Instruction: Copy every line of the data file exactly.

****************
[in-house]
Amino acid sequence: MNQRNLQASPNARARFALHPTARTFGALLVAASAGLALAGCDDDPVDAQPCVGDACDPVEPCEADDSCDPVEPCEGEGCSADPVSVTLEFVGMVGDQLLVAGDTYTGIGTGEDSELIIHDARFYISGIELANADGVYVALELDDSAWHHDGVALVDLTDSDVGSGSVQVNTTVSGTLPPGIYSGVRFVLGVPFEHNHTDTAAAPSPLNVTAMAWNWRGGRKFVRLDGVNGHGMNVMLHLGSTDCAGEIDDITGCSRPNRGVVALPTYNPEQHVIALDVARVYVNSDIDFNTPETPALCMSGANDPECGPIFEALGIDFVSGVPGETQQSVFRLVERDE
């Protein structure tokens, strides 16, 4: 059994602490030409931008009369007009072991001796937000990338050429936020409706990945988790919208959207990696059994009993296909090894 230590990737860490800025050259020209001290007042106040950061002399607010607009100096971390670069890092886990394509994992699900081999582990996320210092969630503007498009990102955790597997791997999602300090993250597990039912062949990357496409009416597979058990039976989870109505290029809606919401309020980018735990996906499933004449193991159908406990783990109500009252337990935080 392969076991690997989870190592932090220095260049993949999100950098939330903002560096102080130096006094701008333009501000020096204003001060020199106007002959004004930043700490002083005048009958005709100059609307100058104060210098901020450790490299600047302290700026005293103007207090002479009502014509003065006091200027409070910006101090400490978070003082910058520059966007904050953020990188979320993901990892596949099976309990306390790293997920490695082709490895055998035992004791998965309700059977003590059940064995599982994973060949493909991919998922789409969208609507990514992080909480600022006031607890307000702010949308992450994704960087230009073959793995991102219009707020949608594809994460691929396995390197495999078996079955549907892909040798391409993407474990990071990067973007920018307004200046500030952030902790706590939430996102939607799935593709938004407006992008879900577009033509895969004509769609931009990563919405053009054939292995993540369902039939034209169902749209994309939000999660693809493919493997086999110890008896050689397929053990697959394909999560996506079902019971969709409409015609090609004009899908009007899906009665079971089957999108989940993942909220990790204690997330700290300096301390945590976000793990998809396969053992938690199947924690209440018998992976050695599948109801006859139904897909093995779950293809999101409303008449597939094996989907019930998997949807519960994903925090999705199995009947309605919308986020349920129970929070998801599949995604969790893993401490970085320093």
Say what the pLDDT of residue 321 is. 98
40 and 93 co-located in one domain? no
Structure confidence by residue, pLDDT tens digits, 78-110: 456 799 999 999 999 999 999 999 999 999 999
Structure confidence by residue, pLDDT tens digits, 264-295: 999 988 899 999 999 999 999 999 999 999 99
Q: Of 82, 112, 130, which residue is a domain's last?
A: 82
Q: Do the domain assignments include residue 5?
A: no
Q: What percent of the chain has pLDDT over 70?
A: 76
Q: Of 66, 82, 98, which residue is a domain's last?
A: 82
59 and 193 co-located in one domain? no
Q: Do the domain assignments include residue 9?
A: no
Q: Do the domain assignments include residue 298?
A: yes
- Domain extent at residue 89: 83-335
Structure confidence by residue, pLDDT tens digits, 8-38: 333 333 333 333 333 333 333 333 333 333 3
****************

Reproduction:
[in-house]
Amino acid sequence: MNQRNLQASPNARARFALHPTARTFGALLVAASAGLALAGCDDDPVDAQPCVGDACDPVEPCEADDSCDPVEPCEGEGCSADPVSVTLEFVGMVGDQLLVAGDTYTGIGTGEDSELIIHDARFYISGIELANADGVYVALELDDSAWHHDGVALVDLTDSDVGSGSVQVNTTVSGTLPPGIYSGVRFVLGVPFEHNHTDTAAAPSPLNVTAMAWNWRGGRKFVRLDGVNGHGMNVMLHLGSTDCAGEIDDITGCSRPNRGVVALPTYNPEQHVIALDVARVYVNSDIDFNTPETPALCMSGANDPECGPIFEALGIDFVSGVPGETQQSVFRLVERDE
């Protein structure tokens, strides 16, 4: 059994602490030409931008009369007009072991001796937000990338050429936020409706990945988790919208959207990696059994009993296909090894 230590990737860490800025050259020209001290007042106040950061002399607010607009100096971390670069890092886990394509994992699900081999582990996320210092969630503007498009990102955790597997791997999602300090993250597990039912062949990357496409009416597979058990039976989870109505290029809606919401309020980018735990996906499933004449193991159908406990783990109500009252337990935080 392969076991690997989870190592932090220095260049993949999100950098939330903002560096102080130096006094701008333009501000020096204003001060020199106007002959004004930043700490002083005048009958005709100059609307100058104060210098901020450790490299600047302290700026005293103007207090002479009502014509003065006091200027409070910006101090400490978070003082910058520059966007904050953020990188979320993901990892596949099976309990306390790293997920490695082709490895055998035992004791998965309700059977003590059940064995599982994973060949493909991919998922789409969208609507990514992080909480600022006031607890307000702010949308992450994704960087230009073959793995991102219009707020949608594809994460691929396995390197495999078996079955549907892909040798391409993407474990990071990067973007920018307004200046500030952030902790706590939430996102939607799935593709938004407006992008879900577009033509895969004509769609931009990563919405053009054939292995993540369902039939034209169902749209994309939000999660693809493919493997086999110890008896050689397929053990697959394909999560996506079902019971969709409409015609090609004009899908009007899906009665079971089957999108989940993942909220990790204690997330700290300096301390945590976000793990998809396969053992938690199947924690209440018998992976050695599948109801006859139904897909093995779950293809999101409303008449597939094996989907019930998997949807519960994903925090999705199995009947309605919308986020349920129970929070998801599949995604969790893993401490970085320093």
Say what the pLDDT of residue 321 is. 98
40 and 93 co-located in one domain? no
Structure confidence by residue, pLDDT tens digits, 78-110: 456 799 999 999 999 999 999 999 999 999 999
Structure confidence by residue, pLDDT tens digits, 264-295: 999 988 899 999 999 999 999 999 999 999 99
Q: Of 82, 112, 130, which residue is a domain's last?
A: 82
Q: Do the domain assignments include residue 5?
A: no
Q: What percent of the chain has pLDDT over 70?
A: 76
Q: Of 66, 82, 98, which residue is a domain's last?
A: 82
59 and 193 co-located in one domain? no
Q: Do the domain assignments include residue 9?
A: no
Q: Do the domain assignments include residue 298?
A: yes
- Domain extent at residue 89: 83-335
Structure confidence by residue, pLDDT tens digits, 8-38: 333 333 333 333 333 333 333 333 333 333 3